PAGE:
Tanvi Misra

Tanvi Misra is a staff writer for CityLab covering immigrant communities, housing, economic inequality, and culture. She also authors Navigator, a weekly newsletter for urban explorers (subscribe here). Her work also appears in The Atlantic, NPR, and BBC.

A photo of a person looking at train information on the split-flap sign at 30th Street Station in 2009.

Philly Won't Give Up Its Amtrak Flip Board Without a Fight

Amtrak’s 30th Street Station was slated to lose its iconic “split-flap” display. But Philadelphians had other ideas.

A map of auto loan debt across the U.S.

Mapping the Subprime Car Loan Crisis

A new tool by the Urban Institute maps the geography of car loan debt and delinquency.

The ‘Sweeping’ Effect of a $15-an-Hour Job Guarantee

A new report analyzes the complicated labor market impact of a radical proposal that’s gaining traction on the left.

A photo of a police car fitted with automated license plate reader technology.

Who’s Tracking Your License Plate?

Automated license plate readers are collecting and sharing tons of data across state lines, according to records from nearly 200 police departments nationwide.

A photo of U.S. border patrol agents in California and Baltimore city police.

What Border Security and Police Violence Have in Common

There’s a connection between the militarization at the border and urban policing in American cities like Ferguson, Chicago, and Baltimore.

A photo of vacant storefronts in the historic mining town of Superior, Arizona.

What About the Cities Amazon Forgot?

A pair of experts from the Brookings Institution talk about how to bridge the growing economic gulf between America’s coastal boomtowns and the rest.

A photo of a group of migrants line up to receive food donations in a makeshift camp in Juchitan, Mexico, October 31, 2018

On Weaponizing Migration

Why do political leaders portray asylum seekers and refugees as an invading army? Because it’s very effective.

200 Years of Elections to the House of Representatives, Mapped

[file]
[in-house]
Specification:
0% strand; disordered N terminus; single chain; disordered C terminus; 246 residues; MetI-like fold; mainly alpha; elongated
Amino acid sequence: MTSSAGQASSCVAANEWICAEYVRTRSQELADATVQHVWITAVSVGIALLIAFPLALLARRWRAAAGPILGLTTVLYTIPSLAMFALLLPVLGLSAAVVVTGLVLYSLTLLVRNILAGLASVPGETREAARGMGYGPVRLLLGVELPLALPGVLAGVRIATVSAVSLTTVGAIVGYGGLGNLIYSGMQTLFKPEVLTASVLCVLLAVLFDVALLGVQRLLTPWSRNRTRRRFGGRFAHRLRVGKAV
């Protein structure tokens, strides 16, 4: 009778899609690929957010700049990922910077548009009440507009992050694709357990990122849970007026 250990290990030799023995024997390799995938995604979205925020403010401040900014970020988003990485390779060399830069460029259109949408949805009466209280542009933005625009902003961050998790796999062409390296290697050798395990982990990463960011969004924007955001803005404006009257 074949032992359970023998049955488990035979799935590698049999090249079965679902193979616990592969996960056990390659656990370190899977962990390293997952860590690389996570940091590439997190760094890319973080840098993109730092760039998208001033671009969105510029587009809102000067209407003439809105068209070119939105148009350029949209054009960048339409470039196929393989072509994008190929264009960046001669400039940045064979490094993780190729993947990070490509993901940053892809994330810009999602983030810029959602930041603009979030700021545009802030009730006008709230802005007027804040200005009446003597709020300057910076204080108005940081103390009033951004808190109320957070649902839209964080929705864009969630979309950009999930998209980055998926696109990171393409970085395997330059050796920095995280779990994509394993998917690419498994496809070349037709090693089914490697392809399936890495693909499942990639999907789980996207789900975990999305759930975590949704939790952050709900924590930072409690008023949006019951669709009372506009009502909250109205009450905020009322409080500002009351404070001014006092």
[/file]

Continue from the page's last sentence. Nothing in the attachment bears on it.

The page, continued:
This deliciously wonky interactive map is a reminder for midterm voters that, when it comes to electoral politics, “deviation from the norm is the norm.”

An immigration raid in in Castalia, Ohio, in June.

The Stark Geography of U.S. Immigration Raids

According to a new report, 24 out of 3,200 counties see around half of all of ICE’s community arrests.

An Uber vehicle amidst taxis in New York City.

We've Been Trapped in ‘Uberland’

In her new book, Alex Rosenblat talked with drivers in 25 cities to trace the story of how ride-hailing redefined the nature of work.  

Yes, 311 Nuisance Calls Are Climbing in Gentrifying Neighborhoods

A new analysis by the Science vs. podcast team crunches the numbers on which New York City blocks are seeing spikes in calls complaining about other residents.

When Your Block Is Being Watched

In her new documentary, journalist Assia Boundaoui explores the effect of constant surveillance on her predominantly Muslim neighborhood in suburban Illinois.

A shopper in Boston's Jamaica Plain, which, like many urban neighborhoods, has experienced dramatic demographic shifts in recent decades.

When Neighborhood Diversity Meets White Anxiety

The perception of demographic change can be more powerful than the reality of it, according to new research on how white residents can feel threatened by racial and ethnic shifts.

A worker at an Amazon fulfillment center in Baltimore.

A Higher Minimum Wage Could Lower Recidivism

New research shows that boosting paychecks could help people stay out of jail.

The Neighborhoods That Offer a ‘Bargain’ on Upward Mobility

New research shows that communities just miles apart that look similar may offer vastly different chances to climb up the economic ladder.

The Rapid Rise of the ‘Anti-Sanctuary’ City

A new report by a government watchdog finds that a controversial program that allows local police to participate in immigration enforcement is spreading—but without proper training and oversight.